Investigators also presented today new safety data analyses from the pivotal Rubraca studies ARIEL3 and pharmacokinetic (PK) analyses of TRITON2, providing additional information to healthcare professionals that can help support their ovarian and prostate cancer patients being treated with Rubraca.
The ARIEL3 data presented in an e-poster reinforce the overall safety profile of Rubraca as a maintenance treatment in patients with recurrent ovarian cancer. After two years of additional follow up for those patients who continued on treatment in the study, the safety profile remains consistent with previous reports, with no new safety signals identified. As of the current safety data cutoff (December 31, 2019), 33 of 372 and 1 of 189 patients in the safety population were still receiving Rubraca or placebo, respectively. Median treatment duration was 8.3 months in the Rubraca arm and 5.5 months in the placebo arm. Prevalence of any-grade nausea declined progressively over the 24-month evaluation period, and prevalence of any-grade anemia/decreased hemoglobin peaked at month 4, decreasing to a plateau after month 8. The first onset of frequently reported TEAEs generally occurred early in treatment (≤45 days). The median duration of the first event of frequently reported TEAEs was generally <60 days.
Population pharmacokinetic (PK) analyses of 199 men with mCRPC receiving Rubraca in the TRITON2 study suggest there is no difference in Rubraca PK in men with mCRPC and women with ovarian cancer based on a comparison to a previously-developed model that used data from 454 women with ovarian cancer treated with Rubraca. The data in men with mCRPC show that differences among patients in the amount of Rubraca in the blood after administration of Rubraca at a dose of 600 mg twice daily did not appear to impact the efficacy of treatment. Also, a higher maximum concentration of Rubraca in the blood was not associated with increased rates of most safety endpoints analyzed, including hematologic adverse events. These PK data and exposure and safety/efficacy correlations using data from the TRITON2 study support the use of Rubraca in eligible mCRPC patients with a starting dose of 600 mg twice daily. TRITON2 served as the pivotal data supporting the May 2020 FDA approval of Rubraca as the first PARP inhibitor for patients with advanced mCRPC associated with a BRCA mutation.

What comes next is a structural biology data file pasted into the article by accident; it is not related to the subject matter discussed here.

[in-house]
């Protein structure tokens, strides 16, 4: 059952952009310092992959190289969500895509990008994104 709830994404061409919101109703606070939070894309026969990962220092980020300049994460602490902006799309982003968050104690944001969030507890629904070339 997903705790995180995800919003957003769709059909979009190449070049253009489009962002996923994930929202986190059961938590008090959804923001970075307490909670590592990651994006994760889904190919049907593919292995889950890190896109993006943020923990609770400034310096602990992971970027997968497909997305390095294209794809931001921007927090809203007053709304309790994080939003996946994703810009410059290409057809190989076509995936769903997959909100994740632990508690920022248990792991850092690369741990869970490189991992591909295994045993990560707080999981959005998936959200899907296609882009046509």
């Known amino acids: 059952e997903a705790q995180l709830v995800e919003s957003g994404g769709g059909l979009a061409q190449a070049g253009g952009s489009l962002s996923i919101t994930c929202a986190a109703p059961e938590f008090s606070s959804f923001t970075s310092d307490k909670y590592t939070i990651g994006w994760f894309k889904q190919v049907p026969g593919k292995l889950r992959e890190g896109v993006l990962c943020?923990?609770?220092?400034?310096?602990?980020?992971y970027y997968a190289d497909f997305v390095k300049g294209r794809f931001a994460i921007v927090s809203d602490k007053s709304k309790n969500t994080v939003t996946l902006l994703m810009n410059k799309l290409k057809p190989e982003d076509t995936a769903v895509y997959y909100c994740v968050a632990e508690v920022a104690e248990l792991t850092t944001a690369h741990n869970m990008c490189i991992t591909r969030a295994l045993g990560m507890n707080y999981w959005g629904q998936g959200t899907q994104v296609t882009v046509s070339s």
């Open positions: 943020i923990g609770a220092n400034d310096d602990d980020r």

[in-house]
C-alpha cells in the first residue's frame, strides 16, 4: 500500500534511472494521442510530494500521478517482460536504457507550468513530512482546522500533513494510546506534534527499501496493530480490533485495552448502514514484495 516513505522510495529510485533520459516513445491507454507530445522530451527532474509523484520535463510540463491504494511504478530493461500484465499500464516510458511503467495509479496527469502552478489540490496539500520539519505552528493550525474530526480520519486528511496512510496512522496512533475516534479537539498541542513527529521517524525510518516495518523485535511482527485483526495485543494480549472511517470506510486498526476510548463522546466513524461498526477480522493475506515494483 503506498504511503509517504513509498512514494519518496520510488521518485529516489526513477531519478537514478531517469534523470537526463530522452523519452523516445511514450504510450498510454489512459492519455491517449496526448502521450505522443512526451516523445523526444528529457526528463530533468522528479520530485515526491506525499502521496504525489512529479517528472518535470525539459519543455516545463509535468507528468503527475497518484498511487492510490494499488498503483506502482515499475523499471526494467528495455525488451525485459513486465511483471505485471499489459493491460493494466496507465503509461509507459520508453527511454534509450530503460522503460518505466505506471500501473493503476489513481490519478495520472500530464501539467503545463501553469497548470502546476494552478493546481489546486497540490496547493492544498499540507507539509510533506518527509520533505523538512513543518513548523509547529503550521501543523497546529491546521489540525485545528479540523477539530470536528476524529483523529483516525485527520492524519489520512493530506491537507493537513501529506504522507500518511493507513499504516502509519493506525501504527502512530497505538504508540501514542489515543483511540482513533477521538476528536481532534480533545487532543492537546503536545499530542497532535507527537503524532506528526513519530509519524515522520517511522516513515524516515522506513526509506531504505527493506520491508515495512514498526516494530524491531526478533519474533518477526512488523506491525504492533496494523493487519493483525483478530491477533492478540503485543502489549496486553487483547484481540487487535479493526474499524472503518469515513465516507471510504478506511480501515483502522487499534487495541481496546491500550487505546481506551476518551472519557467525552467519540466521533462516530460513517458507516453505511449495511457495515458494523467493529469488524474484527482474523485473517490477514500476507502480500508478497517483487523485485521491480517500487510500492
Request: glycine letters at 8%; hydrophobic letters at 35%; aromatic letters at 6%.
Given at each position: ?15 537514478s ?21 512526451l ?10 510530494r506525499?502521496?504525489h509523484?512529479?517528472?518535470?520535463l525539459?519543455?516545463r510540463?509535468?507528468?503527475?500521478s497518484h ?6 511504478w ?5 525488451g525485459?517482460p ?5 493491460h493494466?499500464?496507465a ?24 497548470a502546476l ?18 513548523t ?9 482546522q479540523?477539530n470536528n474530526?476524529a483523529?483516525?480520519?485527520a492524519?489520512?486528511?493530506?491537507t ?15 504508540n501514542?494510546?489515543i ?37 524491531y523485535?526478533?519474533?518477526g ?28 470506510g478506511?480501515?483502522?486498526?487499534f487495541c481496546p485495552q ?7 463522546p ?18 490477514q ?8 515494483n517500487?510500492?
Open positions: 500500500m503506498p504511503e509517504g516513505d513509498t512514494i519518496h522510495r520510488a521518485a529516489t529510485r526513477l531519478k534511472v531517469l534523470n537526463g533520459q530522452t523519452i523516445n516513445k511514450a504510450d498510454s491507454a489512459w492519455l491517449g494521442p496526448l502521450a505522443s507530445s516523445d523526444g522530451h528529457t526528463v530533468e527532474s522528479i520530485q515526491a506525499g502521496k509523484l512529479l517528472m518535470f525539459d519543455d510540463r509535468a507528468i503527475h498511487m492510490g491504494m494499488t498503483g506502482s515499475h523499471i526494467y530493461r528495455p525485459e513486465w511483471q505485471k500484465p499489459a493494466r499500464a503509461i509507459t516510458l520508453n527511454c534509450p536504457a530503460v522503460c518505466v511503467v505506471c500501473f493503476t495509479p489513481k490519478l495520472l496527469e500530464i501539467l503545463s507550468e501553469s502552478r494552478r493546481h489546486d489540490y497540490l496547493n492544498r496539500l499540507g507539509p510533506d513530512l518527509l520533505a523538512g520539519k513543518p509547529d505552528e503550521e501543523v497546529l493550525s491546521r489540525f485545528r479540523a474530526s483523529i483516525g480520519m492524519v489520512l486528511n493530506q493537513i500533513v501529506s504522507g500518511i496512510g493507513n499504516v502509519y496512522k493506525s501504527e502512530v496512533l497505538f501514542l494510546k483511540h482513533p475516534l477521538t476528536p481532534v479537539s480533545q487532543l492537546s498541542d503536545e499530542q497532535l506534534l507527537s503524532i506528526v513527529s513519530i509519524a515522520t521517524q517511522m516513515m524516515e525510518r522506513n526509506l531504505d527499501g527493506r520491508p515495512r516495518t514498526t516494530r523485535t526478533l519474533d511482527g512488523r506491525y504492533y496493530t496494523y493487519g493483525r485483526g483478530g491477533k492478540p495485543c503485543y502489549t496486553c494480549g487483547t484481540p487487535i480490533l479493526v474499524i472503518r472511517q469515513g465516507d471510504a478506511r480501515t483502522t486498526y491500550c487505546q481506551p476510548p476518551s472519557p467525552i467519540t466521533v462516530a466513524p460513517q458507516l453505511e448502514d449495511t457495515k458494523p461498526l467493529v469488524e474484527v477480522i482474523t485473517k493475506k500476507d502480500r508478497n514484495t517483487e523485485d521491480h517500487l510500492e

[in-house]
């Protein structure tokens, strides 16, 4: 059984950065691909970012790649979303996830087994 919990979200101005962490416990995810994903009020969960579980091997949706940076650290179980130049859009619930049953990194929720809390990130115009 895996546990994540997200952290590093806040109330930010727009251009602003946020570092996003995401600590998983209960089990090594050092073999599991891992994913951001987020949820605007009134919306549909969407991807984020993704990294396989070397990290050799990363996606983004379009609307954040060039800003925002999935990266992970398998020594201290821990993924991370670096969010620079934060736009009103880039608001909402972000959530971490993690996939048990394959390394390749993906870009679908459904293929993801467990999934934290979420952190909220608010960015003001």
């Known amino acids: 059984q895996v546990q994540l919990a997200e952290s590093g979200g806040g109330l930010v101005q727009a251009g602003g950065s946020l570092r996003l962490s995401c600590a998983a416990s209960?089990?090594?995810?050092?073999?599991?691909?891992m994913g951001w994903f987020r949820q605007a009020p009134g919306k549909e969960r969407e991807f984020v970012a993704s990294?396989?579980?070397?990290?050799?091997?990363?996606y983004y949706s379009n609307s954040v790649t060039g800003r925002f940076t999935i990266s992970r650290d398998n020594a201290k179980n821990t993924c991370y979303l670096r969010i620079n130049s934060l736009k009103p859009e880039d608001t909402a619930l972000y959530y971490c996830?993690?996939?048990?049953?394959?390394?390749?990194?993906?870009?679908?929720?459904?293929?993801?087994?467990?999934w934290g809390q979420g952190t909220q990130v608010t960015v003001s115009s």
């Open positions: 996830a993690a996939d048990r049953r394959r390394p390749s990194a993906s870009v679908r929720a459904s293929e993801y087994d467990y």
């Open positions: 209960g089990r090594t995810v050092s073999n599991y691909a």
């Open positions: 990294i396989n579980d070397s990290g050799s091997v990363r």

Investigators also presented in an e-poster initial data from the arm of the Phase 1b/2 SEASTAR study evaluating Rubraca in combination with Trodelvy in patients with advanced solid tumors (n=6). Data from the Phase 1b part of the study suggest encouraging initial antitumor activity for the novel combination, including patients with prior PARP inhibitor exposure and without a deleterious homologous recombination repair gene mutation. Despite early toxicities, including dose-limiting neutropenia in two of the three patients in the higher dose cohort, all six patients continued treatment for at least 12 weeks, with side effects effectively managed with dose modification and/or growth factor support. One patient remained on treatment as of the August 11, 2020 data cut-off date. All patients had a best response of stable disease or better, including three patients with a confirmed partial response (all three had been previously treated with a PARP inhibitor).
And finally, the first data from a preclinical evaluation of FAP-2286, Clovis’ novel peptide-targeted radionuclide therapy to fibroblast activation protein (FAP) were presented in an e-poster. The data show that FAP-2286 potently and selectively binds FAP. FAP is highly expressed in cancer-associated fibroblasts (CAFs) present in the tumor microenvironment of most epithelial cancers and, in some cancers, its expression has also been observed in the tumor cells. Compelling anti-tumor activity was observed with 177Lu-FAP-2286 (Lutetium-177 conjugated to FAP-2286 for therapeutic use) in FAP-expressing tumor models. Clovis Oncology plans to submit two Investigational New Drug (IND) applications in late 2020 for use of this novel radionuclide therapy as an imaging and treatment agent, respectively, and the Company has planned clinical studies in a broad spectrum of FAP-positive cancers.
Each of Clovis Oncology’s e-posters described are available online at www.clovisoncology.com/pipeline/scientific-presentations.
About Rubraca (rucaparib)
Rucaparib is an oral, small molecule inhibitor of PARP1, PARP2 and PARP3 being developed in multiple tumor types, including ovarian and metastatic castration-resistant prostate cancers, as monotherapy, and in combination with other anti-cancer agents. Exploratory studies in other tumor types are also underway.